The world price of feed grain has come down quite a bit actually, probably about 30 dollars a hog and we've continued to see prices that seem to allow our producers to finally make a profit after quite a length of time where they actually lost money.

I think 2014 could very well be our best year since probably 2006.

That's based on the projections that our prices will remain somewhat equivalent to what they were in 2013.

Meanwhile we could very well see our feed cost be reduced by 30 dollar a hog, which is about 30 percent by the way, 25 or 30 percent.

So, if our cost of production goes down and our revenues stay at a reasonable level, 2014 could very well be a very good year for us as hog producers.

Possberg notes, not only have we seen the price of feed come down but the quality of the crop was much better in 2013 than in 2012 so we're also seeing fewer problems with light grains and toxins.


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Re: Canadian Pork Producers:
« Reply #441 on: January 12, 2014, 02:43:12 AM »

Pork Commentary: 2014 – The Year of the Pig Farmer
07 January 2014


Jim Long is President &
CEO of Genesus Genetics.


CANADA - The Chinese have the year of the horse, dragon, dog, etc. The last few years in North America and much of the world it’s been the years of the Grain Farmer, writes Jim Long, President-CEO Genesus Inc.

High Grain prices pushed mostly triggered by US Government Corn Ethanol Mandates and by regional drought not only lead to record grain production profits but unprecedented farmland appreciation. (If there is 315 million arable acres in USA, each $1,000 an acre appreciation of land was $315 billion dollars). This created wealth or at least paper wealth.

The huge jump in Global Grain Prices has triggered grain development in much of the world. For the last few years we have written as we travelled the world especially Russia, Ukraine, China and Brazil our observations of millions of acres of land coming into Grain production. In 2013 the wold produced 55% more corn than in 2006. An unprecedented increase. The old saying “The surest cure for high prices is high prices” comes to mind.

The world for Grain Farmers is now going upside down. On the Chicago Board of Trade last January-March was $6.50 a bushel, last week March closed at $4.23. The USDA estimates that it cost around $4.10 a bushel to produce corn. The bloom has gone off the proverbial rose for grain farmers.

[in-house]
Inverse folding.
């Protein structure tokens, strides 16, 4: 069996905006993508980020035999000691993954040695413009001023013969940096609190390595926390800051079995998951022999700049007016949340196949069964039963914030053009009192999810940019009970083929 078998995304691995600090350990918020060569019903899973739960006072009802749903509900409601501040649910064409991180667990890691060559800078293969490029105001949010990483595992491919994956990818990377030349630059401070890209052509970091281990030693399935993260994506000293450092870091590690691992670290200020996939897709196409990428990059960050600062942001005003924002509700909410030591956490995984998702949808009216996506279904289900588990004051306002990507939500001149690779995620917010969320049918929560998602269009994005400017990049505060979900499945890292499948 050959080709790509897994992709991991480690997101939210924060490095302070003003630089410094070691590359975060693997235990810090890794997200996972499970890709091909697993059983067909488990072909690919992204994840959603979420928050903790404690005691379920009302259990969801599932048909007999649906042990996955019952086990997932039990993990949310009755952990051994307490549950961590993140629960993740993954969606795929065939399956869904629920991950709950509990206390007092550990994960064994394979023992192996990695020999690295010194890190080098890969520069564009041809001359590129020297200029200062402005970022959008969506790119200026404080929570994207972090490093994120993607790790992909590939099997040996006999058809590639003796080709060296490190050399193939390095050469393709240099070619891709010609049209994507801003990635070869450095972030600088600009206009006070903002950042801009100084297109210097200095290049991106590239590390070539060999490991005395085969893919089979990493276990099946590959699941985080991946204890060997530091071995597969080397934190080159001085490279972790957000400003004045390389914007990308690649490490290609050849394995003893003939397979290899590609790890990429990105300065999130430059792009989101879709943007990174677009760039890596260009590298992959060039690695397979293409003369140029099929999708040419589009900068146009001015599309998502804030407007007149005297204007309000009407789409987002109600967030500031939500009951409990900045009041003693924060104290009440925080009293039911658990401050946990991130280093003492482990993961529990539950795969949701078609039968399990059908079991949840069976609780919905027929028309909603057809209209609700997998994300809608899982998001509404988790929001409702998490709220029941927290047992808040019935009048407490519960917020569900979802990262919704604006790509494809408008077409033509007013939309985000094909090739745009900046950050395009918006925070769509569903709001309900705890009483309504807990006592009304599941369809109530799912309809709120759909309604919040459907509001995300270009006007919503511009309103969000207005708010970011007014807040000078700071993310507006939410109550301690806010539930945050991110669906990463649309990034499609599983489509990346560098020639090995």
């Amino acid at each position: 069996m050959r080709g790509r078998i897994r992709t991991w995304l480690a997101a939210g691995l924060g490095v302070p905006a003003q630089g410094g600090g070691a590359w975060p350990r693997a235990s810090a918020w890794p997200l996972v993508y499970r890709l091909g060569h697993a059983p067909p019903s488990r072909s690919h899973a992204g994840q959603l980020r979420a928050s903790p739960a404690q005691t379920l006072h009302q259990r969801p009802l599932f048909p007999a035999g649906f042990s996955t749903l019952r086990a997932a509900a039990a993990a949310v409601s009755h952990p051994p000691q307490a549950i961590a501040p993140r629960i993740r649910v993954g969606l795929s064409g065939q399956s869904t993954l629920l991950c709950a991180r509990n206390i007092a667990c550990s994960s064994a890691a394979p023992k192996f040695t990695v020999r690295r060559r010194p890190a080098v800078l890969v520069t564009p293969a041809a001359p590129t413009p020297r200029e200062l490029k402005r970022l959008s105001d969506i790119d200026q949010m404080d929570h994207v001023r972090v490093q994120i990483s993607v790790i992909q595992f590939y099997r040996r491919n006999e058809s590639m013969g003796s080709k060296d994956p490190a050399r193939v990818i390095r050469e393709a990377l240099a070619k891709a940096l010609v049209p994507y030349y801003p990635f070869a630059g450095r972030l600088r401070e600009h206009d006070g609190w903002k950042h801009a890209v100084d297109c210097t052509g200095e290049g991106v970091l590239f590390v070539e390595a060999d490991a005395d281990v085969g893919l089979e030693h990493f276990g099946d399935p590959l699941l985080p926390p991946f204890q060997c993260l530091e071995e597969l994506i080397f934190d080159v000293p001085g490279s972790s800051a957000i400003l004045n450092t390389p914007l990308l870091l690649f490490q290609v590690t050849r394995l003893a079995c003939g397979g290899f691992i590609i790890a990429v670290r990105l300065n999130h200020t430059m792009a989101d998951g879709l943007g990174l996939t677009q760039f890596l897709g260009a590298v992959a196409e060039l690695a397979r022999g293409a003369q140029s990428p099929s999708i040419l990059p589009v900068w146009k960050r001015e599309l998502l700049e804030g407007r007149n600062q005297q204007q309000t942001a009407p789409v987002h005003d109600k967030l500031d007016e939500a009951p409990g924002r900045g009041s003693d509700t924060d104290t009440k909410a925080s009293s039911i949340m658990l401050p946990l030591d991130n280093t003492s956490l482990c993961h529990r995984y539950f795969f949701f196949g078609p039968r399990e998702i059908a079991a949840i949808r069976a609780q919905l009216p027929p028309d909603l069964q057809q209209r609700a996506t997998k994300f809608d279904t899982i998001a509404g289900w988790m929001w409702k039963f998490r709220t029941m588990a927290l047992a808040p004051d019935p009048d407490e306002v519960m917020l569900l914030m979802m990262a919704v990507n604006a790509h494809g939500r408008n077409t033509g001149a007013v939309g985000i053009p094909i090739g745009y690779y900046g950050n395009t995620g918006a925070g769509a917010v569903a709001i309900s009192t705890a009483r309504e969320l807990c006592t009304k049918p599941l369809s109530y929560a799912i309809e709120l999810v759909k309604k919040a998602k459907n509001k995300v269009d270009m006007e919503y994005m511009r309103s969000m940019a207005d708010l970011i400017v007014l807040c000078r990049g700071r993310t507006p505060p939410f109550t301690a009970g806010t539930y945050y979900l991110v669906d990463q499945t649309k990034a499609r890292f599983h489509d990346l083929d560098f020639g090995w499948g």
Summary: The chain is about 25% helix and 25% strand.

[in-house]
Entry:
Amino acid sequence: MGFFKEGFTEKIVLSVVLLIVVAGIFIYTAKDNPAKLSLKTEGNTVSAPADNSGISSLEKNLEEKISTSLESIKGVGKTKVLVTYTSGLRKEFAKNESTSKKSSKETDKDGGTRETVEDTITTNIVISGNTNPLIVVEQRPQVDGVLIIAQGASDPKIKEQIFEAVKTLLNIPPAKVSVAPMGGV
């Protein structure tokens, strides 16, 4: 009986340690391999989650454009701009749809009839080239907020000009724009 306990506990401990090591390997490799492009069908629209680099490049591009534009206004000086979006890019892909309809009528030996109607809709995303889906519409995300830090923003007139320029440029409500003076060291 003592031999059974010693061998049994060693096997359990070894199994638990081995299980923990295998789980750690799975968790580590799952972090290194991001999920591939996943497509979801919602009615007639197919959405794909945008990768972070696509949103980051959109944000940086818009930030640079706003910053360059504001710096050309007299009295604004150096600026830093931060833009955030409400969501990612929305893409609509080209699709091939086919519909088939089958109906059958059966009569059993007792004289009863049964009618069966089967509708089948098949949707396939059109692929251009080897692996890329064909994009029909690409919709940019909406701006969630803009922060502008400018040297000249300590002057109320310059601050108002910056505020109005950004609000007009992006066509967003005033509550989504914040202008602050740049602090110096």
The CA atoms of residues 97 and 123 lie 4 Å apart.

In 2014 it will be the Year of the Pig Farmer. Feed Costs have dropped about $35 per head while lean hog futures (i.e. June) at 1.01 are $20 per head higher than they were last summer for June 2014.

Hog Farmers who are in business are survivors. The last five years have not been good. Most Producers have less equity in their swine business that they did five years ago. A few days ago the USDA released the December 1 Hogs and Pigs Report. It indicates fewer breeding animals and fewer market hogs year over year. This seemed to surprise the “Chicken Little Economists” who were predicting expansion. We note that these predictors of expansion do not own hogs, never have, and never will. They don’t understand how hard owning pigs are, they never lost money raising hogs, never borrowed money, gave personal guarantees, struggled to make payroll, never had a pig disease (i.e. Prrs, PED, etc.). Bottom line, there is no expansion because there isn’t the capital and courage to get it done. The equity hole is huge. It needs to be backfilled. These producers that hung in and survived are now going to be rewarded in 2014.

2014 will be the Year of the Pig Farmer. Lower Feed prices, fewer pigs, a stronger domestic economy, record high beef prices, good pork exports, PED all are a recipe for a 2014 that will be the most profitable in a decade. We all need our turn. We expect summer Lean Hogs will reach $1.10. Happy New Year – 2014 the Year of the Pig Farmer.


Author: Jim Long, President & CEO, Genesus Genetics

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Re: Canadian Pork Producers: